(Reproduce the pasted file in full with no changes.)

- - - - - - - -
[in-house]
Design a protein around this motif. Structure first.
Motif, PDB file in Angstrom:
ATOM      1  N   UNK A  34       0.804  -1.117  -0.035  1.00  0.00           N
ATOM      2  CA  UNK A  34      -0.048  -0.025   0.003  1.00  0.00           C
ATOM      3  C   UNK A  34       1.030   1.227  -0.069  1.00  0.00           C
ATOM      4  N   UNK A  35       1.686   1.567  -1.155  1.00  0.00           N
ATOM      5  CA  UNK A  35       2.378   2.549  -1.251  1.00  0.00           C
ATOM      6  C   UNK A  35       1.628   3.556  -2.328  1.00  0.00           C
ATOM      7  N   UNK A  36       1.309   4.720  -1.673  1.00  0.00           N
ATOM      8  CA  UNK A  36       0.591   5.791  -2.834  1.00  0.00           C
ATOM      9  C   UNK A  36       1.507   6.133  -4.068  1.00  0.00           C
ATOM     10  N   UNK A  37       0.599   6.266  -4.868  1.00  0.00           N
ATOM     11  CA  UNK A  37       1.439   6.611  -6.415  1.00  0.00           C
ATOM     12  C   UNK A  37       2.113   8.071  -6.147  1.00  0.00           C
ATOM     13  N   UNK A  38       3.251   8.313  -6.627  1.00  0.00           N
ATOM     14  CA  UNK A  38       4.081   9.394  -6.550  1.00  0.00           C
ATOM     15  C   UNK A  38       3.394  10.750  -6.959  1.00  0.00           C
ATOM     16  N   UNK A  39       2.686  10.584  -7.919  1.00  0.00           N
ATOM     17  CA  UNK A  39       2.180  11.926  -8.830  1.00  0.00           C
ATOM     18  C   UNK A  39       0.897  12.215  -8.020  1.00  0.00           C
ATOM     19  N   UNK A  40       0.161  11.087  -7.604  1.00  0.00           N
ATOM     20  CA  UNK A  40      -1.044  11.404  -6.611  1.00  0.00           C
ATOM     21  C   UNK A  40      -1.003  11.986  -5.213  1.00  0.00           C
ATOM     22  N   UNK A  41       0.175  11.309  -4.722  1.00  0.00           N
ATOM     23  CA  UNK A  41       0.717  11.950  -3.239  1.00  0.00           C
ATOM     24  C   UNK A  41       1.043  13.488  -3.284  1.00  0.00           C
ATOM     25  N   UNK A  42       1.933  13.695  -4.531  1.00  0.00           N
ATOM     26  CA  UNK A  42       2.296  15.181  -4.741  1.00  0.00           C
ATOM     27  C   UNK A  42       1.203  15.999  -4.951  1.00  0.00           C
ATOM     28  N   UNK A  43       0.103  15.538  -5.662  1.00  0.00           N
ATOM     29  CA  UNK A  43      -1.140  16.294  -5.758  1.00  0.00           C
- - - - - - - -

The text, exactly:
[in-house]
Design a protein around this motif. Structure first.
Motif, PDB file in Angstrom:
ATOM      1  N   UNK A  34       0.804  -1.117  -0.035  1.00  0.00           N
ATOM      2  CA  UNK A  34      -0.048  -0.025   0.003  1.00  0.00           C
ATOM      3  C   UNK A  34       1.030   1.227  -0.069  1.00  0.00           C
ATOM      4  N   UNK A  35       1.686   1.567  -1.155  1.00  0.00           N
ATOM      5  CA  UNK A  35       2.378   2.549  -1.251  1.00  0.00           C
ATOM      6  C   UNK A  35       1.628   3.556  -2.328  1.00  0.00           C
ATOM      7  N   UNK A  36       1.309   4.720  -1.673  1.00  0.00           N
ATOM      8  CA  UNK A  36       0.591   5.791  -2.834  1.00  0.00           C
ATOM      9  C   UNK A  36       1.507   6.133  -4.068  1.00  0.00           C
ATOM     10  N   UNK A  37       0.599   6.266  -4.868  1.00  0.00           N
ATOM     11  CA  UNK A  37       1.439   6.611  -6.415  1.00  0.00           C
ATOM     12  C   UNK A  37       2.113   8.071  -6.147  1.00  0.00           C
ATOM     13  N   UNK A  38       3.251   8.313  -6.627  1.00  0.00           N
ATOM     14  CA  UNK A  38       4.081   9.394  -6.550  1.00  0.00           C
ATOM     15  C   UNK A  38       3.394  10.750  -6.959  1.00  0.00           C
ATOM     16  N   UNK A  39       2.686  10.584  -7.919  1.00  0.00           N
ATOM     17  CA  UNK A  39       2.180  11.926  -8.830  1.00  0.00           C
ATOM     18  C   UNK A  39       0.897  12.215  -8.020  1.00  0.00           C
ATOM     19  N   UNK A  40       0.161  11.087  -7.604  1.00  0.00           N
ATOM     20  CA  UNK A  40      -1.044  11.404  -6.611  1.00  0.00           C
ATOM     21  C   UNK A  40      -1.003  11.986  -5.213  1.00  0.00           C
ATOM     22  N   UNK A  41       0.175  11.309  -4.722  1.00  0.00           N
ATOM     23  CA  UNK A  41       0.717  11.950  -3.239  1.00  0.00           C
ATOM     24  C   UNK A  41       1.043  13.488  -3.284  1.00  0.00           C
ATOM     25  N   UNK A  42       1.933  13.695  -4.531  1.00  0.00           N
ATOM     26  CA  UNK A  42       2.296  15.181  -4.741  1.00  0.00           C
ATOM     27  C   UNK A  42       1.203  15.999  -4.951  1.00  0.00           C
ATOM     28  N   UNK A  43       0.103  15.538  -5.662  1.00  0.00           N
ATOM     29  CA  UNK A  43      -1.140  16.294  -5.758  1.00  0.00           C